AP Photo/Sean Kilpatrick
Shaun White, former homeschooler, celebrates his gold medal in the men's snowboard halfpipe in
Vancouver, B.C., at the 2010 Vancouver Olympic Winter Games.

Olympic Student-Athletes: Balancing School and Sport

February 22, 2010 07:00 PM
by Haley A. Lovett
As you watch Olympians excel in Vancouver this winter, what you don’t see are the countless hours they spend training for their sports, and the struggle many undergo to balance Olympic dreams with their educations.

Technology, Parents Help Aspiring Olympians Train for School and Sport

For the Olympians in Vancouver, competing in the 2010 games is the culmination of years of hard work and sacrifice. 

Often when a parent or a coach recognizes rare Olympic-level talent in a child, extraordinary measures are taken to ensure that the child gets proper training to condition them for world-class competition. But a rigorous training schedule does not come without sacrifice, and for the majority of athletes it means forgoing traditional schooling methods to make more time for sports.

It is possible for some Olympians to complete high school among their peers, although even attending regular school is anything but ordinary for an elite athlete. Take U.S. figure skater Evan Lysacek. The 2010 gold medal winner managed to train for the Olympics and graduate from Neuqua Valley High School in Illinois, but he wasn’t exactly your average student. A 10-year-old profile of Lysacek from the Daily Herald noted that the then 14-year-old would attend regular classes in the morning, but leave school midday so that he could be at the skating rink by about 1:30 p.m. After practice he headed to more workouts, then back home for dinner and homework. Lysacek was quoted as saying then that school was “the only time in my life I have to be normal.”

For an elite skater, Lysacek’s schedule was not considered normal. Many exceptional young athletes train and school at special facilities or at home, and many do not live with their parents after a certain point so that they can get specialized training.

One such facility is the National Sports Academy (NSA) in Lake Placid, N.Y., a school and sports training facility that focuses on winter sports training. In 2009 Ceri Turner of Upper Arlington High School interviewed Mallory Fredericks, a student at the NSA, to get a feel for what schooling was like for a student in the Junior National Development Luge Team.  Fredericks explained that although most of her schoolwork at the NSA is done online, there are actual teachers and students taking classes from about 1 to 6 in the afternoon, but that the students’ primary focus is on training. Because the students must travel often for training and competition, teachers at the NSA use IM, podcasts and e-mail to keep the students on track academically.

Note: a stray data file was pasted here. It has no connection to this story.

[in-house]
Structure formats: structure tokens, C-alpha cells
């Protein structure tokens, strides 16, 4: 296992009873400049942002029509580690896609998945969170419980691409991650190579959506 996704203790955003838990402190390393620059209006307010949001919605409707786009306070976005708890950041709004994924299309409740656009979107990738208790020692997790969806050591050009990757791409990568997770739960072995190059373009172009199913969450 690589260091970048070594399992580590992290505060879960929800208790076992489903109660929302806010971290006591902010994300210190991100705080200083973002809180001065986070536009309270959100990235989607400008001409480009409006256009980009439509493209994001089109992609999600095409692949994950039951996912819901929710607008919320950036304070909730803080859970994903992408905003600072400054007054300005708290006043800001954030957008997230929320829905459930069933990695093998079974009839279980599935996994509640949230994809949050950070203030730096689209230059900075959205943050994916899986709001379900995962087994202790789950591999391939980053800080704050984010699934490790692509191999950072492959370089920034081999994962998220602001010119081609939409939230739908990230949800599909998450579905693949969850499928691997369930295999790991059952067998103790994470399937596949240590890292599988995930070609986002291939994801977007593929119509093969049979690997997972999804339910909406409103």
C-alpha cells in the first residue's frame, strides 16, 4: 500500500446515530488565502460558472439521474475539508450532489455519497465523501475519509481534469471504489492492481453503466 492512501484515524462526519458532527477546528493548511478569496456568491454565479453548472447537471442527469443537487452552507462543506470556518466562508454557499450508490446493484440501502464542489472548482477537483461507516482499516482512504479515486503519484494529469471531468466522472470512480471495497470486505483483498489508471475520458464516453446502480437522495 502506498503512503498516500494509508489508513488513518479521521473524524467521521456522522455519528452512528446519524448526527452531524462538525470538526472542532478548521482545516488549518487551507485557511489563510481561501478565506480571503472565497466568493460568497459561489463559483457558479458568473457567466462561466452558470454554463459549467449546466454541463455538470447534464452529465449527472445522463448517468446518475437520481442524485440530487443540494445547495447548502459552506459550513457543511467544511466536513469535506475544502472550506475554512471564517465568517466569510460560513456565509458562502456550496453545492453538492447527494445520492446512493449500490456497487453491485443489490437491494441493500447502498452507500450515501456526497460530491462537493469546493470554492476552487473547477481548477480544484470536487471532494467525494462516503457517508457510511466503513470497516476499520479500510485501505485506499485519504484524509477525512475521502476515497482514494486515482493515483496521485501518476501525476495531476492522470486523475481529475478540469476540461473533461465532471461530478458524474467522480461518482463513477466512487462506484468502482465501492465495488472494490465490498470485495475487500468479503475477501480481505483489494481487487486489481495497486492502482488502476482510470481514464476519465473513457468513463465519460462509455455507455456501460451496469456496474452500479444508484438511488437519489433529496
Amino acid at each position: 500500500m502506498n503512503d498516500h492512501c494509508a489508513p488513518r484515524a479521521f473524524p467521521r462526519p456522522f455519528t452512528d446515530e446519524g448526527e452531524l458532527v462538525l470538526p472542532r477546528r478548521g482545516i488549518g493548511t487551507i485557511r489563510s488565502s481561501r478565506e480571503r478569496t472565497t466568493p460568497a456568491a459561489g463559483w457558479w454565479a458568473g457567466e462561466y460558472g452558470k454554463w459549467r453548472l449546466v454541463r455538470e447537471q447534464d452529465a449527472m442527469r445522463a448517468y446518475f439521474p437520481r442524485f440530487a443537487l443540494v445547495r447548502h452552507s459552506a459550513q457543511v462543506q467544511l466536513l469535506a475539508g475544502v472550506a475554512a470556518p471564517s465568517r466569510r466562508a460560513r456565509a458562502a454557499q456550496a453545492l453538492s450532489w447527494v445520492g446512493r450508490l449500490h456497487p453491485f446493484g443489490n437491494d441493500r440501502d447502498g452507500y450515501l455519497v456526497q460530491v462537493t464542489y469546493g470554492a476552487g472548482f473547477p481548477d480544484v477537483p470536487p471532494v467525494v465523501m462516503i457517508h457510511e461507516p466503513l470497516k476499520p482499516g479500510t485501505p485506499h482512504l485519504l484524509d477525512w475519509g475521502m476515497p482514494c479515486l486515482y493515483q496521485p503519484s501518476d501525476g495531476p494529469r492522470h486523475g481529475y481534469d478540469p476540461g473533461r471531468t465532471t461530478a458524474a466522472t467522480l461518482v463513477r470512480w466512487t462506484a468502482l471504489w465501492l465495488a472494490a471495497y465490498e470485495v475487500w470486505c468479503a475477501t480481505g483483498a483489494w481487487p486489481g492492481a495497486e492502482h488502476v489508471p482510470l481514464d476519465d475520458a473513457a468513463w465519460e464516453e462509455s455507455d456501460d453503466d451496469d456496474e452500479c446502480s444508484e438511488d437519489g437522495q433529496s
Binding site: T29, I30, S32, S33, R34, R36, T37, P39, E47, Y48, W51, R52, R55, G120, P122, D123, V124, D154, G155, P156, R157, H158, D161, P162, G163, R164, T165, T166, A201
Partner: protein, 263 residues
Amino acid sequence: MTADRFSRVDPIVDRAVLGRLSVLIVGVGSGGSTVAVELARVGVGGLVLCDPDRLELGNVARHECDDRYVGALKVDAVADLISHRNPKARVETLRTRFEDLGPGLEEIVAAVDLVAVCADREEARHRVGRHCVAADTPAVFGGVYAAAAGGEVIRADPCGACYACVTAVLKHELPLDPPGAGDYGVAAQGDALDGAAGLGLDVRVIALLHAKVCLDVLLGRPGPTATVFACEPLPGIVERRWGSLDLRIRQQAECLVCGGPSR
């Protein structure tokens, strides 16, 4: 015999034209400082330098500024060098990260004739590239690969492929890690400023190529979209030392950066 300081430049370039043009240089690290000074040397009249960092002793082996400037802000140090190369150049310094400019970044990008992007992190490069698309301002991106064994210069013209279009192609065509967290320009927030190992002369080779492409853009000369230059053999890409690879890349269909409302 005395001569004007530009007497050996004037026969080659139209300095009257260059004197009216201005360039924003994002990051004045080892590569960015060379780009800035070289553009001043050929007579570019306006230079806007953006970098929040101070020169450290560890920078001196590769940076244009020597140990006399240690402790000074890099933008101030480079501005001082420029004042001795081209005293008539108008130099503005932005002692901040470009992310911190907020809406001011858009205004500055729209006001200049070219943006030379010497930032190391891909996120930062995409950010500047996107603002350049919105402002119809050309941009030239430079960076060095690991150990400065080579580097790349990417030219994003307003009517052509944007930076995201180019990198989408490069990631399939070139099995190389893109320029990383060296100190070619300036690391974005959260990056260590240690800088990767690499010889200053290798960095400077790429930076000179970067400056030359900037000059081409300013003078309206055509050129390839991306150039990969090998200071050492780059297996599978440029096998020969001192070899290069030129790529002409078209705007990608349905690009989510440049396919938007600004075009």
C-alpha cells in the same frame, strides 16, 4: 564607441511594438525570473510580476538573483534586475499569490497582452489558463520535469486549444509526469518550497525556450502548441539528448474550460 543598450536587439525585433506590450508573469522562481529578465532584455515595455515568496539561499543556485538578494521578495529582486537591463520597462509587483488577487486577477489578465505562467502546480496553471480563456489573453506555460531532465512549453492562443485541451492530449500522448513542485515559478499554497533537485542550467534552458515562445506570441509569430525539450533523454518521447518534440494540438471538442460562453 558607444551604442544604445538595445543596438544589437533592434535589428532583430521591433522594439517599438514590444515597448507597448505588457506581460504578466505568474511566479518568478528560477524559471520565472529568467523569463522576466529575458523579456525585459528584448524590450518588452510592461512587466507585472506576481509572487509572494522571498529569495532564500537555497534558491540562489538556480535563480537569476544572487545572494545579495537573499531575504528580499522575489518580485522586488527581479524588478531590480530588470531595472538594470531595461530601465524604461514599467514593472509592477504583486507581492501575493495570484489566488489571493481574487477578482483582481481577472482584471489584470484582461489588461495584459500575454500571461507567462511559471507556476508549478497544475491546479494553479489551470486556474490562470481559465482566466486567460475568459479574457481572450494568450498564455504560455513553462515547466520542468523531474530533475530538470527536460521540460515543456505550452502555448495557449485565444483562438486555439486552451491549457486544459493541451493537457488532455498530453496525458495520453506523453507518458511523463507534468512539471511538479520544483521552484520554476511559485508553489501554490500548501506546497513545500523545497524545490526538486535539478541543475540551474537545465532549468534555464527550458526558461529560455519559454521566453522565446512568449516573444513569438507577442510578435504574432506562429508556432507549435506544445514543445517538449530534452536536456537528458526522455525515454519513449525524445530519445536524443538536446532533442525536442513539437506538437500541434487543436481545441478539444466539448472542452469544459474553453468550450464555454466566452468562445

While some students at elite prep schools or in special training programs are given scholarships for their tuition, it can get really expensive to have a child pursue Olympic dreams. Fredericks estimated that the tuition at the NSA was almost $30,000 annually for a live-in student. In a recent article, Tom Van Riper of Forbes estimated the costs of raising a winter Olympian as ranging from a few hundred dollars a year for curling training, to tens of thousands of dollars for students to attend sport-specific academies.

And homeschooling is an option for many kids with demanding training schedules and a dedicated parent or tutor. USA Today reported in 2005 on the growing trend to homeschool elite athletes, with reporter Sal Ruibal noting that athletes who are homeschooled have the flexibility to get adequate workout time, nutrition and rest—something a traditional school would not afford. Olympic swimmer Katie Hoff and 2010 snowboarding gold medalist Shaun White are among the Olympians who were homeschooled.

College and The Olympics: How Elite Athletes Pursue Higher Ed

For some Olympians, education does not stop once they’ve finished high school, despite extremely busy schedules. Westminster College in Salt Lake City pays for the schooling of 41 members of the U.S. ski and snowboard team, and this year 14 of them are competing in the winter Olympics, including freestyle mogul bronze medal winner Bryon Wilson, aerialist Lacy Schnoor, and aerialist Ryan St. Onge.

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